Two Dragonflies and A Butterfly

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I always welcome the distraction and challenge of dragonflies and butterflies catching my eye!  For sure, I’ve taken many more this past month, but these three are the only ones that made the cut.

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Autumn Meadowhawk

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Twelve-spotted Skimmer

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Canadian Tiger Swallowtail

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All three captured in Montana in past few weeks.

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More Beartooth Highway Wildlife

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Some of the Beartooth Mountains’ viewpoints had safe walking paths from the parking lot to the viewpoint itself.

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Beartooth Highway pathway from parking lot to a viewpoint

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It was along these pathways I happened upon a few other wildlife species.

The first photo is a new bird subspecies for me, the Yellow-rumped Warbler (Audubon) that resides mainly west of the Rocky Mountains.  At home, we have the Yellow-rumped Warbler (Myrtle) that resides east of the Rocky Mountains.

The difference?  The Myrtle warbler has a white throat; the Audubon has a yellow throat.  It moved on super quick!

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Yellow-rumped Warbler (Audubon)

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There were cute little chipmunks that were quick to run too, not wanting their photo taken.

I lucked out on this brave one, staring me down.  I felt like I was having a Clint Eastwood moment….  😂

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Least Chipmunk staring me down

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And finally, I captured three species of squirrels.

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Red Squirrel

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Red Squirrel

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Golden-mantled Ground Squirrel – female
(I shot this from a distance of someone feeding sunflower seeds to them)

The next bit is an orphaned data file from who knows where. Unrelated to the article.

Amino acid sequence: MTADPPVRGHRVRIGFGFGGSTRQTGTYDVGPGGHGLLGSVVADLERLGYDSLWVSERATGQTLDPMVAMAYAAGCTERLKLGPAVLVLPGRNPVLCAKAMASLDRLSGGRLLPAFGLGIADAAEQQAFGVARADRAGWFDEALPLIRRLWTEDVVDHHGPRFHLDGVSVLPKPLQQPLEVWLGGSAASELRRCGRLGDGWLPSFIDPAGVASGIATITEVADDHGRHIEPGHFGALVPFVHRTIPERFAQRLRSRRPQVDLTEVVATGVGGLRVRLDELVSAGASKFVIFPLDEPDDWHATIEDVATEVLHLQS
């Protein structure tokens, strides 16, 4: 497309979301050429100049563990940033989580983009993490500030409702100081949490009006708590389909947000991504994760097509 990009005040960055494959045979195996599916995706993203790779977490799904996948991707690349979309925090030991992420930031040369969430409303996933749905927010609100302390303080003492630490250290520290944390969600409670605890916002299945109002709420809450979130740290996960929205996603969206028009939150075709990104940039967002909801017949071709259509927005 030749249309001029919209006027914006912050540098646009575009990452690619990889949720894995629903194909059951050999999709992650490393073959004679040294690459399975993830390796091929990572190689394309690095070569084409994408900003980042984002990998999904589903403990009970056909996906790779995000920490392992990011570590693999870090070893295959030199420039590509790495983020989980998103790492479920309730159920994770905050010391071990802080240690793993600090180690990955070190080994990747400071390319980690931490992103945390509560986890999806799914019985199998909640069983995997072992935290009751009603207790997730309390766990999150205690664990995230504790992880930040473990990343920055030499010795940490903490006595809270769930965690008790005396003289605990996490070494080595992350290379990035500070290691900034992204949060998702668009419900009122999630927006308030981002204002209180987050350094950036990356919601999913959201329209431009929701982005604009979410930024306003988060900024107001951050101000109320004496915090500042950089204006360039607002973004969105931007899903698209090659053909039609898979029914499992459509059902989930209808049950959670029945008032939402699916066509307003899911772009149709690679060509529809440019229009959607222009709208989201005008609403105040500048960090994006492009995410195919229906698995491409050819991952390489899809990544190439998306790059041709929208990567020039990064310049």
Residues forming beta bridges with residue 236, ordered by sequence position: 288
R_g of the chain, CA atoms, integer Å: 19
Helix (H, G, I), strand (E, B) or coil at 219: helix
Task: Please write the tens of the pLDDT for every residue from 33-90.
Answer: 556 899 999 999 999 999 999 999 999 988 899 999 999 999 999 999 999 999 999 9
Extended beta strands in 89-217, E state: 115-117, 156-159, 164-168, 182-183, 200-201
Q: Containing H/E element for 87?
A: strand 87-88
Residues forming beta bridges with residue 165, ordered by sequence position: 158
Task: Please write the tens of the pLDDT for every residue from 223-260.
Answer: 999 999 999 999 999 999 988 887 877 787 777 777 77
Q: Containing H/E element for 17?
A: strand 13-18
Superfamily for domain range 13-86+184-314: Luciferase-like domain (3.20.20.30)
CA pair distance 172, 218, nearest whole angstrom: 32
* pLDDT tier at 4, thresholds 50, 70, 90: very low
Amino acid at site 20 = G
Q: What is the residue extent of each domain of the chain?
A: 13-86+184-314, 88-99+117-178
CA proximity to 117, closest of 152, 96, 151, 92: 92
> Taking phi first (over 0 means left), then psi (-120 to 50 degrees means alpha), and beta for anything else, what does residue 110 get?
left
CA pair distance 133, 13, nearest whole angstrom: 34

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Golden-mantled Ground Squirrel – Female (packing those jaws one-handed!)

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Female Golden-mantled Ground Squirrel heading back home with food, or maybe to hide it

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This next species is also in the ground squirrel family and a new wildlife sighting for me, the Yellow-bellied Marmot.

It was not only a treat to see and capture, but it was a Mama marmot and her youngster.

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Yellow-bellied Marmot (female)

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The Mama marmot had left her youngster at a tree trunk while she was foraging for food.

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Yellow-bellied Marmot (youngster) at the tree trunk, getting curious

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That curiosity pulled the youngster a few feet away to a pile of rocks.  Suddenly, the youngster popped up, looking for Mama.

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“Where are you, Mama?”

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“Have you seen my Mama?”

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It was the cutest moment!  And, as if on cue, Mama was back.  They quickly ran and disappeared down a hole by the tree trunk, to what I’m guessing was their home.

It was dinner time!

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Mountain Goats

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To be ‘on top of the world’ at 10,947 feet and see/photograph two wildlife species was quite the thrill!  I first saw these mountain goats before I caught sight of the Black Rosy-Finch and redirected my focus (previous post), but I was back on the goats when my birdie flew away.

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Mountain goat shedding its winter coat

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I didn’t know at the time taking the above photo that there were eight more goats walking below it.  They were walking pretty fast going down the terrain, so when I was back on them, the herd was already at a distance.

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Mountain Goats

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Mountain goats are possibly the most extraordinary mountaineers to ever live.  These alpine athletes bound the steep, rugged terrain of our highest mountains with amazing ease.

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Tackling the unforgiving terrain so easily

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Herd of nine mountain goats

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The herd almost to the basin and flatter terrain (can you spot them?)

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Hello and welcome to my world!

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Black Rosy-Finch

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I mentioned in my previous post that I captured two wildlife species at the highest viewpoint along the Beartooth Highway at the elevation of 10,947 feet.

I first saw mountain goats (next post!); but when I saw this alpine bird, my excitement quadrupled.

Welcome to my lifer list, #240 Black Rosy-Finch!

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Black Rosy-Finch with a mouthful

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Residing and breeding above treeline, high in the mountains of the western U.S., the Black Rosy-Finch is oblivious to cold and snow.